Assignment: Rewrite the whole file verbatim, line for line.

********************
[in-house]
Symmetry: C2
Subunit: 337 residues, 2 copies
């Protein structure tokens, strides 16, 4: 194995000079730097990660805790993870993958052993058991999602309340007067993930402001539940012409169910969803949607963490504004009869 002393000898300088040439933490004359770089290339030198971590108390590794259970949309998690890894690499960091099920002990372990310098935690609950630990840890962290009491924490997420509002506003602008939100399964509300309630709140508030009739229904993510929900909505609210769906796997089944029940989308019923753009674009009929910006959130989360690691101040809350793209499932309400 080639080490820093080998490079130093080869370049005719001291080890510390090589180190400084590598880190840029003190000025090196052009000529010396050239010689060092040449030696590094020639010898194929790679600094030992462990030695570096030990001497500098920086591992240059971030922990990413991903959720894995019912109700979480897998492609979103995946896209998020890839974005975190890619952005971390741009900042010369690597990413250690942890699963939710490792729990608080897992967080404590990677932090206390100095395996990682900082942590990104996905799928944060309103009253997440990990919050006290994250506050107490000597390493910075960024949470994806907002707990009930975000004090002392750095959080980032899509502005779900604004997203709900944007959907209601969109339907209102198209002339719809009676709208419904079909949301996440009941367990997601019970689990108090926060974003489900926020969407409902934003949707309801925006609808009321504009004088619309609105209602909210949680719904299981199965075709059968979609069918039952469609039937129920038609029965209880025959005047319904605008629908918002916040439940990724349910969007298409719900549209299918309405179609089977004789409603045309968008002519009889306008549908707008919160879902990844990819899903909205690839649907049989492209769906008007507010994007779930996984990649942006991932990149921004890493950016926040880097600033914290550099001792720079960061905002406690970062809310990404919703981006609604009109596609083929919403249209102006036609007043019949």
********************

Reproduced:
[in-house]
Symmetry: C2
Subunit: 337 residues, 2 copies
């Protein structure tokens, strides 16, 4: 194995000079730097990660805790993870993958052993058991999602309340007067993930402001539940012409169910969803949607963490504004009869 002393000898300088040439933490004359770089290339030198971590108390590794259970949309998690890894690499960091099920002990372990310098935690609950630990840890962290009491924490997420509002506003602008939100399964509300309630709140508030009739229904993510929900909505609210769906796997089944029940989308019923753009674009009929910006959130989360690691101040809350793209499932309400 080639080490820093080998490079130093080869370049005719001291080890510390090589180190400084590598880190840029003190000025090196052009000529010396050239010689060092040449030696590094020639010898194929790679600094030992462990030695570096030990001497500098920086591992240059971030922990990413991903959720894995019912109700979480897998492609979103995946896209998020890839974005975190890619952005971390741009900042010369690597990413250690942890699963939710490792729990608080897992967080404590990677932090206390100095395996990682900082942590990104996905799928944060309103009253997440990990919050006290994250506050107490000597390493910075960024949470994806907002707990009930975000004090002392750095959080980032899509502005779900604004997203709900944007959907209601969109339907209102198209002339719809009676709208419904079909949301996440009941367990997601019970689990108090926060974003489900926020969407409902934003949707309801925006609808009321504009004088619309609105209602909210949680719904299981199965075709059968979609069918039952469609039937129920038609029965209880025959005047319904605008629908918002916040439940990724349910969007298409719900549209299918309405179609089977004789409603045309968008002519009889306008549908707008919160879902990844990819899903909205690839649907049989492209769906008007507010994007779930996984990649942006991932990149921004890493950016926040880097600033914290550099001792720079960061905002406690970062809310990404919703981006609604009109596609083929919403249209102006036609007043019949």